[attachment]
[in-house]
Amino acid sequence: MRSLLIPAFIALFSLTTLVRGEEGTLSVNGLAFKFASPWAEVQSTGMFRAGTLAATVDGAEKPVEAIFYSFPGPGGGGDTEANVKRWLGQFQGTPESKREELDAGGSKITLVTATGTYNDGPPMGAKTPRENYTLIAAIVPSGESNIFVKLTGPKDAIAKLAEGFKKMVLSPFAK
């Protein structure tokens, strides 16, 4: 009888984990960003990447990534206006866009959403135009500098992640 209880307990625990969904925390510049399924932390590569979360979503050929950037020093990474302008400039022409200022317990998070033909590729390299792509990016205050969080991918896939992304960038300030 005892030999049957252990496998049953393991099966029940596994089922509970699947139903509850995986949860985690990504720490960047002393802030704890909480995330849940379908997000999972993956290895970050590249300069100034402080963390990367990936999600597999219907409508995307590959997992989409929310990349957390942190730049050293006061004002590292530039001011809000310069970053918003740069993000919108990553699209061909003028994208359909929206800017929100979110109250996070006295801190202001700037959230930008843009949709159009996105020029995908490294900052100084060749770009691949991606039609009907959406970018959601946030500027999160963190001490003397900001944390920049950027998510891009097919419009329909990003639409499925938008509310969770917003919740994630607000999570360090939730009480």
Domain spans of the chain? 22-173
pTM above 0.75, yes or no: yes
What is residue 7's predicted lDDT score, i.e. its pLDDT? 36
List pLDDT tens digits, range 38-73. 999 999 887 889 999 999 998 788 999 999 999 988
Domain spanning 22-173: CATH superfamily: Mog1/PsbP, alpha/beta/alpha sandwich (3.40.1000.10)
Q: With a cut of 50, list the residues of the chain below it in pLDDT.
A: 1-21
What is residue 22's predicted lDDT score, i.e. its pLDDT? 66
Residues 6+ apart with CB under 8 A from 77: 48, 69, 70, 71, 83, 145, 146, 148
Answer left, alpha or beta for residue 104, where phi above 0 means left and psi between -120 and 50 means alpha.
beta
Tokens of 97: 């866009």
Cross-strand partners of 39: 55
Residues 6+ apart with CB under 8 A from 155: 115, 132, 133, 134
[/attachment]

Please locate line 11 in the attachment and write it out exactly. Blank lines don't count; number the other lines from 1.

What is residue 22's predicted lDDT score, i.e. its pLDDT? 66